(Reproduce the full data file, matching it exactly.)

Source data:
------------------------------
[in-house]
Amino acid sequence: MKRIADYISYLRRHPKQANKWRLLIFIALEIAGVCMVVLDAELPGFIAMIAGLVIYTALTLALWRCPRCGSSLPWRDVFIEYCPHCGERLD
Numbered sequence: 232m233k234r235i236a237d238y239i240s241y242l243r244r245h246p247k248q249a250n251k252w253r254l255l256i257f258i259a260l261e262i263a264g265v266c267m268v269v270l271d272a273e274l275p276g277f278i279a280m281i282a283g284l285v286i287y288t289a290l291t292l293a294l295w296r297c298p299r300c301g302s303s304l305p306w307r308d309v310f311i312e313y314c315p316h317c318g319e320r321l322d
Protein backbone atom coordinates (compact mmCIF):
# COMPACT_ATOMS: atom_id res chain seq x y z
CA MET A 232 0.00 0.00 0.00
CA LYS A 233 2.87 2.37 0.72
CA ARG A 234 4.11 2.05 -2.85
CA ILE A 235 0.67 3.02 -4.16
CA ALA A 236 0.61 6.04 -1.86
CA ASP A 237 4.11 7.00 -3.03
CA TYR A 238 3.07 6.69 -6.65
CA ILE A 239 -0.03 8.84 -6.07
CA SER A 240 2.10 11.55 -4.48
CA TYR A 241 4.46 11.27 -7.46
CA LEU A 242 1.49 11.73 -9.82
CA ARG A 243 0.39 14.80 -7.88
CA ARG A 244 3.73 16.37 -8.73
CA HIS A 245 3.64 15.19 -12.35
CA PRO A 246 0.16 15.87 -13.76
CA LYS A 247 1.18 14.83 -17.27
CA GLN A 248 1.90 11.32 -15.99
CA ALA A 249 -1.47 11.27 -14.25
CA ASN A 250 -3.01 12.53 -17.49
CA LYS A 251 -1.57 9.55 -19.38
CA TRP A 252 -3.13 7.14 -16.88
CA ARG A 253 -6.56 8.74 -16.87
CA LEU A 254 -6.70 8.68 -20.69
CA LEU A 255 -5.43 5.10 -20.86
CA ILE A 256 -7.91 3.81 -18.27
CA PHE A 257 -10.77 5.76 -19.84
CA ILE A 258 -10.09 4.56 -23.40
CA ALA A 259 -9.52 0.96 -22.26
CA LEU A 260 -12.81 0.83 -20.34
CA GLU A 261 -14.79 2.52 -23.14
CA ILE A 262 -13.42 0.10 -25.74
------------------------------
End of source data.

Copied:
[in-house]
Amino acid sequence: MKRIADYISYLRRHPKQANKWRLLIFIALEIAGVCMVVLDAELPGFIAMIAGLVIYTALTLALWRCPRCGSSLPWRDVFIEYCPHCGERLD
Numbered sequence: 232m233k234r235i236a237d238y239i240s241y242l243r244r245h246p247k248q249a250n251k252w253r254l255l256i257f258i259a260l261e262i263a264g265v266c267m268v269v270l271d272a273e274l275p276g277f278i279a280m281i282a283g284l285v286i287y288t289a290l291t292l293a294l295w296r297c298p299r300c301g302s303s304l305p306w307r308d309v310f311i312e313y314c315p316h317c318g319e320r321l322d
Protein backbone atom coordinates (compact mmCIF):
# COMPACT_ATOMS: atom_id res chain seq x y z
CA MET A 232 0.00 0.00 0.00
CA LYS A 233 2.87 2.37 0.72
CA ARG A 234 4.11 2.05 -2.85
CA ILE A 235 0.67 3.02 -4.16
CA ALA A 236 0.61 6.04 -1.86
CA ASP A 237 4.11 7.00 -3.03
CA TYR A 238 3.07 6.69 -6.65
CA ILE A 239 -0.03 8.84 -6.07
CA SER A 240 2.10 11.55 -4.48
CA TYR A 241 4.46 11.27 -7.46
CA LEU A 242 1.49 11.73 -9.82
CA ARG A 243 0.39 14.80 -7.88
CA ARG A 244 3.73 16.37 -8.73
CA HIS A 245 3.64 15.19 -12.35
CA PRO A 246 0.16 15.87 -13.76
CA LYS A 247 1.18 14.83 -17.27
CA GLN A 248 1.90 11.32 -15.99
CA ALA A 249 -1.47 11.27 -14.25
CA ASN A 250 -3.01 12.53 -17.49
CA LYS A 251 -1.57 9.55 -19.38
CA TRP A 252 -3.13 7.14 -16.88
CA ARG A 253 -6.56 8.74 -16.87
CA LEU A 254 -6.70 8.68 -20.69
CA LEU A 255 -5.43 5.10 -20.86
CA ILE A 256 -7.91 3.81 -18.27
CA PHE A 257 -10.77 5.76 -19.84
CA ILE A 258 -10.09 4.56 -23.40
CA ALA A 259 -9.52 0.96 -22.26
CA LEU A 260 -12.81 0.83 -20.34
CA GLU A 261 -14.79 2.52 -23.14
CA ILE A 262 -13.42 0.10 -25.74